texture reference declaration won't compile Can't even declare textures!

#include <cuda_runtime.h>

#include <cutil.h>

int main () {

	texture<float> texRef;

}

The simple code above won’t compile! WHY??!!???!!!?

I get tons of errors like:

error C2018: unknown character ‘0x40’

error C2018: unknown character ‘0x40’

error C2018: unknown character ‘0x40’

error C2018: unknown character ‘0x40’

error C2065: ‘COMPILER’ : undeclared identifier

error C2146: syntax error : missing ‘;’ before identifier ‘ERROR’

error C2065: ‘ERROR’ : undeclared identifier

error C2143: syntax error : missing ‘;’ before ‘’

error C2146: syntax error : missing ‘;’ before identifier ‘texRef’

error C2275: ‘texture<T,dim,mode>’ : illegal use of this type as an expression

error C2065: ‘texRef’ : undeclared identifier

Declare the texture at file scope, not function scope. Have a look at the SDK simpleTexture example if you want to see what working code looks like.

Thank you! Your suggestion led me in the right direction.

As a side note, it boggles me why any data structure (e.g. texture reference) is restricted to file scope.
I don’t see why a texture reference cannot be passed as a function argument. Bad language design, imho.

Maybe because a texture reference isn’t a data structure. The way it has been exposed in CUDA makes it look/behave somewhat like one, but it isn’t. It is much closer to another type of kernel than a data structure.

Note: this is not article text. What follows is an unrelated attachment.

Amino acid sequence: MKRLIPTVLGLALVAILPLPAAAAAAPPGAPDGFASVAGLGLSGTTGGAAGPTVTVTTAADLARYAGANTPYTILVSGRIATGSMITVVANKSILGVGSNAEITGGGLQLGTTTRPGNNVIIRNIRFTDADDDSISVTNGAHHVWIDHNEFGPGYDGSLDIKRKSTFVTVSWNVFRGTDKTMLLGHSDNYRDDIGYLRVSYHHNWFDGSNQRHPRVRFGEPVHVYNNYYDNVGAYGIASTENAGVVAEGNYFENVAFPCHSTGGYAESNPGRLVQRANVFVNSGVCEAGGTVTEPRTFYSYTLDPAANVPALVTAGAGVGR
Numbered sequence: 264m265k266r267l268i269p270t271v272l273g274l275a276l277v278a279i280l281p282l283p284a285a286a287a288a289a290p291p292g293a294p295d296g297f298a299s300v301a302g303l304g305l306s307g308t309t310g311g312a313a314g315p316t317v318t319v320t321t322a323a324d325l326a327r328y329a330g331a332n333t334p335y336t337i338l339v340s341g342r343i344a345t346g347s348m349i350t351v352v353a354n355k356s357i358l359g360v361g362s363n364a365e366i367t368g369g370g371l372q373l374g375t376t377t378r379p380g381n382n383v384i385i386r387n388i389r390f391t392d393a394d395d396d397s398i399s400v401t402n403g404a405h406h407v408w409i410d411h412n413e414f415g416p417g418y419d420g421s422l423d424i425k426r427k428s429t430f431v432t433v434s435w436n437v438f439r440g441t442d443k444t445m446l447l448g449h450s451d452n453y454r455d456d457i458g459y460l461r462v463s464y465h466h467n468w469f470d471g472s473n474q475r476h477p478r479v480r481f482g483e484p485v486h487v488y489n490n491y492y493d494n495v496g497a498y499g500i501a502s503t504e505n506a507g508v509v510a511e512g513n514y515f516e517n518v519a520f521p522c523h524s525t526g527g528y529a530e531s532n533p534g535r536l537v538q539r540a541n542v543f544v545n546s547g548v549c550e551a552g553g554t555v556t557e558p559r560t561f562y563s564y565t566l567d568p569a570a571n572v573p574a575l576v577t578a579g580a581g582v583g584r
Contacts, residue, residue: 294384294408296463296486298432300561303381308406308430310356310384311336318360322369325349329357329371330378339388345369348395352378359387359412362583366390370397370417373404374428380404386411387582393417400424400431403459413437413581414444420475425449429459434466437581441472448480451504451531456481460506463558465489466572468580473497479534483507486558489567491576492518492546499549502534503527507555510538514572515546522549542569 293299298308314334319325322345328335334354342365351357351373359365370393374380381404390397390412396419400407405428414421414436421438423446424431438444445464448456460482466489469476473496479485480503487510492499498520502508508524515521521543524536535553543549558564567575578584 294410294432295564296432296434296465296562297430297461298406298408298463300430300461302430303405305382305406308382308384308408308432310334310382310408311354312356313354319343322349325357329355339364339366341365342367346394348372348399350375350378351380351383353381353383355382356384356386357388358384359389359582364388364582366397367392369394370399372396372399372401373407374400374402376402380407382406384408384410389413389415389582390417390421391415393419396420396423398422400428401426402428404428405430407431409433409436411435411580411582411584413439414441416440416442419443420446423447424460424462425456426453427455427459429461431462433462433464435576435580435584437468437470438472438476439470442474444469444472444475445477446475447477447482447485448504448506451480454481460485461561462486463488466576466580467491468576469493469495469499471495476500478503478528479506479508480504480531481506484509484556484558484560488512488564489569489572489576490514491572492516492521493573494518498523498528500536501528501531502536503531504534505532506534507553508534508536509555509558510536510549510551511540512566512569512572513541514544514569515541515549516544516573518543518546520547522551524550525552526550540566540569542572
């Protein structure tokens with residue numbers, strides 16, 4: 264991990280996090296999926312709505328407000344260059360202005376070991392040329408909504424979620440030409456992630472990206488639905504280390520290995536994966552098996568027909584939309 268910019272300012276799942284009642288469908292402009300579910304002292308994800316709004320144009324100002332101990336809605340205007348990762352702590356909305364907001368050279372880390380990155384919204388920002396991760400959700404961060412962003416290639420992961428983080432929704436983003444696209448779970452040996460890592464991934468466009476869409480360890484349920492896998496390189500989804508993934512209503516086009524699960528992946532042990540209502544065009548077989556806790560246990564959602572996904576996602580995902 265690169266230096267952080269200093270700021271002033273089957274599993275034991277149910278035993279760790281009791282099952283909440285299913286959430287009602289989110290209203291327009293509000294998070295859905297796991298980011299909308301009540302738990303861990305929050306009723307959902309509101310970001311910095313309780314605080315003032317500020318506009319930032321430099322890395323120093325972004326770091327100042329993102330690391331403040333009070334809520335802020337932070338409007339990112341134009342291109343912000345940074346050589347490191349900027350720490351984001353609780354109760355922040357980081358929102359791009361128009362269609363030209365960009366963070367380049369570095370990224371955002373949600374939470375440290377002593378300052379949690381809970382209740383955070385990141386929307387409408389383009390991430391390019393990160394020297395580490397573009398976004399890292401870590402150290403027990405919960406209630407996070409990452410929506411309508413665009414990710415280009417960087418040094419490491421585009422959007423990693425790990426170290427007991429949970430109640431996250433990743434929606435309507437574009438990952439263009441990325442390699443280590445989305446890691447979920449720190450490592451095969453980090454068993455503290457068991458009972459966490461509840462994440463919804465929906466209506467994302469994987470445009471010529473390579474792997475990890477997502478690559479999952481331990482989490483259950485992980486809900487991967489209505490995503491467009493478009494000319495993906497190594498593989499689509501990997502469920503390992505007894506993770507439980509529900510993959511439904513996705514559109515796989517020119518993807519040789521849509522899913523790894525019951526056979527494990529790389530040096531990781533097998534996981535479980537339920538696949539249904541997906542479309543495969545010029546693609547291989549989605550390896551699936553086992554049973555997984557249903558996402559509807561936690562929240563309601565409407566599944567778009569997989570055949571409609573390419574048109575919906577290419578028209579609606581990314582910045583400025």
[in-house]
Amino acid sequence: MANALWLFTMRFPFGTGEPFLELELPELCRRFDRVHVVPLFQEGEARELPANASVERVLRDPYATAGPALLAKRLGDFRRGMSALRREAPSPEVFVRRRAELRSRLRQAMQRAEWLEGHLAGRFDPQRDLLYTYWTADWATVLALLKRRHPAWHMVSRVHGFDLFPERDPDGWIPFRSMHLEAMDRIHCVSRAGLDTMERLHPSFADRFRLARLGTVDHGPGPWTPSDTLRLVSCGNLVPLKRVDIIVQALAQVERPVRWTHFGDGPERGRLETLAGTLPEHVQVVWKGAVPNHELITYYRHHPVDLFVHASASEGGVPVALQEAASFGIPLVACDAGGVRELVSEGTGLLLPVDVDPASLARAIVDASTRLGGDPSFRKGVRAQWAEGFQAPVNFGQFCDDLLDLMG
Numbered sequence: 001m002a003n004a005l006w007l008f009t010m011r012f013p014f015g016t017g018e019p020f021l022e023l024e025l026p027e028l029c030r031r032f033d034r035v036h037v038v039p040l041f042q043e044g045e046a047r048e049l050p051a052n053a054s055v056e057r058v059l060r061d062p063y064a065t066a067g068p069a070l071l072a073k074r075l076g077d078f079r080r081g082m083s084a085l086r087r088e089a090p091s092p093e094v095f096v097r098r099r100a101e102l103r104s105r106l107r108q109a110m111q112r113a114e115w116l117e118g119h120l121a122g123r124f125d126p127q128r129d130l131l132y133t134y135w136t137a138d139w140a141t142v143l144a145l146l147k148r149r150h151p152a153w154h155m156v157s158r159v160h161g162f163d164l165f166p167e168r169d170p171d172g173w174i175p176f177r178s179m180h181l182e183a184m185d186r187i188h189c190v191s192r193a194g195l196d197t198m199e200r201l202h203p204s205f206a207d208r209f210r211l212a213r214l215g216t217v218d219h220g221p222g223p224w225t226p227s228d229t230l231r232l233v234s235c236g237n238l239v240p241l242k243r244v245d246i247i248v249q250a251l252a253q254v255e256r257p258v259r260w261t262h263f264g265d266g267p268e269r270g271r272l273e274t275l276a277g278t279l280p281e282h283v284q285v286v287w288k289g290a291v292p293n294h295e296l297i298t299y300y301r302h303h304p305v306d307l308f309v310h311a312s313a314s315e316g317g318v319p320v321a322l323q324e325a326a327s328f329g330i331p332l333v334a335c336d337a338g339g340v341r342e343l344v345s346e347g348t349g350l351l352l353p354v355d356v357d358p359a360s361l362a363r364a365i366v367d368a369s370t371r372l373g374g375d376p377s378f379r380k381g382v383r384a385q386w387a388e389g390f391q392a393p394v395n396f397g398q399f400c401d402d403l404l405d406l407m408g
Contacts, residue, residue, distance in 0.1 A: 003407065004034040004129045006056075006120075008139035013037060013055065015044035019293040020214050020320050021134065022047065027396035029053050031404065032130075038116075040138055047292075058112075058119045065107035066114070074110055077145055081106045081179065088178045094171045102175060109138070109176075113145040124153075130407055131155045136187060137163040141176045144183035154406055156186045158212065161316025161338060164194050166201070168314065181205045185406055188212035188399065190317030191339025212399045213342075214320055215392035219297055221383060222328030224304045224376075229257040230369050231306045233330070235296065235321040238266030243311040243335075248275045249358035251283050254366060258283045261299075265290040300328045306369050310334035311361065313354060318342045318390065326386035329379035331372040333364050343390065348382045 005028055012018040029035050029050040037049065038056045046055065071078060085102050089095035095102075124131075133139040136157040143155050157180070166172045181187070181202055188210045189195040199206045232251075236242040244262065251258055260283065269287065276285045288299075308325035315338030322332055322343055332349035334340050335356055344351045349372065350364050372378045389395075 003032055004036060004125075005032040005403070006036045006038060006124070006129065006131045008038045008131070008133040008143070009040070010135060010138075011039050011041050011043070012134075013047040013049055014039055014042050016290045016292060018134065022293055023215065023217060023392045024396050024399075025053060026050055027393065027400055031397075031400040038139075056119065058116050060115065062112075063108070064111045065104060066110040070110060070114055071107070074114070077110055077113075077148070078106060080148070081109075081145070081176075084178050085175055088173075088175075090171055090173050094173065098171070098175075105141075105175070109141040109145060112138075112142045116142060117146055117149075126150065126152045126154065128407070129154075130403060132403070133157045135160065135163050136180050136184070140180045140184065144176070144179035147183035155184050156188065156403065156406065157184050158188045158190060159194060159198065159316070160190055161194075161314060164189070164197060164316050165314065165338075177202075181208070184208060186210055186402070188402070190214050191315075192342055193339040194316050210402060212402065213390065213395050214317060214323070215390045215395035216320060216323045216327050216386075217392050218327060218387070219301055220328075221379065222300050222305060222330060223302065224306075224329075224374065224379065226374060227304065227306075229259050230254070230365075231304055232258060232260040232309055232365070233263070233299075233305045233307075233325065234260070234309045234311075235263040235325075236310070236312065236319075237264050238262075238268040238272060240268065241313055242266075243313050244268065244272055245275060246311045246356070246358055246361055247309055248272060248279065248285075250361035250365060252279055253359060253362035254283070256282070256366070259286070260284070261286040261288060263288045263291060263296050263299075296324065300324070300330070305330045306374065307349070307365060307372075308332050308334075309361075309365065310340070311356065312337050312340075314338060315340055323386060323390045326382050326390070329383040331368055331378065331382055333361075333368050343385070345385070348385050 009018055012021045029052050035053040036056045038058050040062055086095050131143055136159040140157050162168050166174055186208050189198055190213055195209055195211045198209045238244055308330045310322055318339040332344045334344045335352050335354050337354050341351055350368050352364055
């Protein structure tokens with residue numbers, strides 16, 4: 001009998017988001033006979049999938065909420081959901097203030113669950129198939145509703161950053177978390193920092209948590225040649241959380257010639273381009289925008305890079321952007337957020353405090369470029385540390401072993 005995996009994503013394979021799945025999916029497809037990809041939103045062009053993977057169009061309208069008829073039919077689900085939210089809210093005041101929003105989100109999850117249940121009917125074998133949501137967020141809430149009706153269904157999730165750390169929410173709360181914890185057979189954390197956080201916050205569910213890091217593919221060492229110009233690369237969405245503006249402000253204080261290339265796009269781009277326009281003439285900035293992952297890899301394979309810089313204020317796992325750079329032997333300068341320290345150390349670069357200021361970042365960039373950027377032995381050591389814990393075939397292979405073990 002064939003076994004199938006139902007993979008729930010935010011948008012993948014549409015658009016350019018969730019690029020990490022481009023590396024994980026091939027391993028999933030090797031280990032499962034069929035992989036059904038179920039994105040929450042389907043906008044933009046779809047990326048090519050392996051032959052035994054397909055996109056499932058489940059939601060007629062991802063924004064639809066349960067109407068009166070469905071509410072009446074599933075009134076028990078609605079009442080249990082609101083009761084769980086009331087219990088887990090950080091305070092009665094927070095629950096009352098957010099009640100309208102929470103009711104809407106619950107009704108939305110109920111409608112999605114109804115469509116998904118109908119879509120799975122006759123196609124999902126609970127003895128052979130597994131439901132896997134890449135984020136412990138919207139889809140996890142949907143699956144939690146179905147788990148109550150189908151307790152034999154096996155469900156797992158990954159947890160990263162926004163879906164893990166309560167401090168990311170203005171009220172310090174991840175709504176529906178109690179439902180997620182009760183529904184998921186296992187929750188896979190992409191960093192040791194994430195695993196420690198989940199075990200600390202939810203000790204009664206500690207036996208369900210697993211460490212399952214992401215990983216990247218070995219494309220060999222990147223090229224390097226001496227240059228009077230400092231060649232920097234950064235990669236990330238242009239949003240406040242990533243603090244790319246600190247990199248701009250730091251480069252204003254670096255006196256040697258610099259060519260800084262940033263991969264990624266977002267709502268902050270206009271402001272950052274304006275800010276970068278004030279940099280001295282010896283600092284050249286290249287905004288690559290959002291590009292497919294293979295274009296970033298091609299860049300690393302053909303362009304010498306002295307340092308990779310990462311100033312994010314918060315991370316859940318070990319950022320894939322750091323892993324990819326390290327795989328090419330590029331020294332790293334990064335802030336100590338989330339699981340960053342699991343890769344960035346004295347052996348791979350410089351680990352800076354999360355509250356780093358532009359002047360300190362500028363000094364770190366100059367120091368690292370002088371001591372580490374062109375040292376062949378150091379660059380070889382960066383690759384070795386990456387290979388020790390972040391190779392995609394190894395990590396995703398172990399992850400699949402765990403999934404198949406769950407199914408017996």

Thanks for your help. Moving the texture declaration to file scope certainly helped, but now I have a new problem.
How do I make the texture visible across files? For instance one file has host code which initializes and binds the texture.
The device code is on a separated file. How to get around this??

The way that the SimpleTexture example in the SDK does it (I think) is by using an include statement to include the .cu file with the device code.
When I try that, I get a whole bunch of compiler errors that functions in the device code file have already been defined! The include statement leads to double-compiling in my case.

Personally i used a cudaShared.cu with all my texture declarations, structure definitions, const int’s and so on so forth.
All you have to do is #include it from every file.
You also have to NOT include the file during the compilation.

In visual studio: right click the file and set “exclude from build” to yes.

Thanks. This gets rid of compiler errors, but now I get runtime texture memory access errors.

How does this work for you, and not for me?? I #include my “cudaShared.cu” in both files, and excluded it from build.

In emudebug mode the filter mode of my texture is seen to be cudaFilterModePoint inside the device code kernel, whereas I specifically set it to cudaFilterModeLinear in the other file. This is a clear indication that the texture is not bound as far is the device code file is concerned.

Thanks for the suggestion Ailleur. It does not work for me however. the texture becomes bound bound incorrectly, and the texture access fails.
The correct solution (at least for me) is the one posted by avidday here.

I have a multi-threaded app that calls a kernel in each thread that processes different image data however the same kernel is used. I bind a texture to a cudaArray so that I can call tex2D(). Right now each thread binds a different pointer to a cudaArray to the same texture<float,2> reference. Don’t I need a texture reference for each thread so as to not have a conflict? The declaration of a texture at file scope is hindering me from havind a texture for each thread. Otherwise I can declare 4 different textures but I would need to duplicate my kernel code so that one uses tex1 and the other uses tex2 and so on. I don’t know how the texture references are implemented to know whether or not a conflict is happening.